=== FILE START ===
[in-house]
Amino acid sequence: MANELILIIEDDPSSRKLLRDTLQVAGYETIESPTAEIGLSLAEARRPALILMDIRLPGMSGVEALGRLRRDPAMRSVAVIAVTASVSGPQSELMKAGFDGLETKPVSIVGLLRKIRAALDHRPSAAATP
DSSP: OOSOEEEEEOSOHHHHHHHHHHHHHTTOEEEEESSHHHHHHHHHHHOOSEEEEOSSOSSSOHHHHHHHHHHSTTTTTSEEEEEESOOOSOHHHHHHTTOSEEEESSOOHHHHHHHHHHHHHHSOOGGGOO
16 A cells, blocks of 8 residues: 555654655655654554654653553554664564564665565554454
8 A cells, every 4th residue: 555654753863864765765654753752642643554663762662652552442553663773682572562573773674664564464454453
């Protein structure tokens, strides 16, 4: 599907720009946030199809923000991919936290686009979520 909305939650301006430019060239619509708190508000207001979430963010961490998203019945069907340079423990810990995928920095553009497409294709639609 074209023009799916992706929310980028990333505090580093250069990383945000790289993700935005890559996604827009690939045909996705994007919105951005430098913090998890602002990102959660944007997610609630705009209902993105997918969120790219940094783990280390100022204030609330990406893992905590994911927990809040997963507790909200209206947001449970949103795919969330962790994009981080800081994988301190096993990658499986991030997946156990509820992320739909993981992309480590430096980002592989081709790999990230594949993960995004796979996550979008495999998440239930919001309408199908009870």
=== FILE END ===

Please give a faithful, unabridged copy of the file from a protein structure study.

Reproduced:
[in-house]
Amino acid sequence: MANELILIIEDDPSSRKLLRDTLQVAGYETIESPTAEIGLSLAEARRPALILMDIRLPGMSGVEALGRLRRDPAMRSVAVIAVTASVSGPQSELMKAGFDGLETKPVSIVGLLRKIRAALDHRPSAAATP
DSSP: OOSOEEEEEOSOHHHHHHHHHHHHHTTOEEEEESSHHHHHHHHHHHOOSEEEEOSSOSSSOHHHHHHHHHHSTTTTTSEEEEEESOOOSOHHHHHHTTOSEEEESSOOHHHHHHHHHHHHHHSOOGGGOO
16 A cells, blocks of 8 residues: 555654655655654554654653553554664564564665565554454
8 A cells, every 4th residue: 555654753863864765765654753752642643554663762662652552442553663773682572562573773674664564464454453
């Protein structure tokens, strides 16, 4: 599907720009946030199809923000991919936290686009979520 909305939650301006430019060239619509708190508000207001979430963010961490998203019945069907340079423990810990995928920095553009497409294709639609 074209023009799916992706929310980028990333505090580093250069990383945000790289993700935005890559996604827009690939045909996705994007919105951005430098913090998890602002990102959660944007997610609630705009209902993105997918969120790219940094783990280390100022204030609330990406893992905590994911927990809040997963507790909200209206947001449970949103795919969330962790994009981080800081994988301190096993990658499986991030997946156990509820992320739909993981992309480590430096980002592989081709790999990230594949993960995004796979996550979008495999998440239930919001309408199908009870």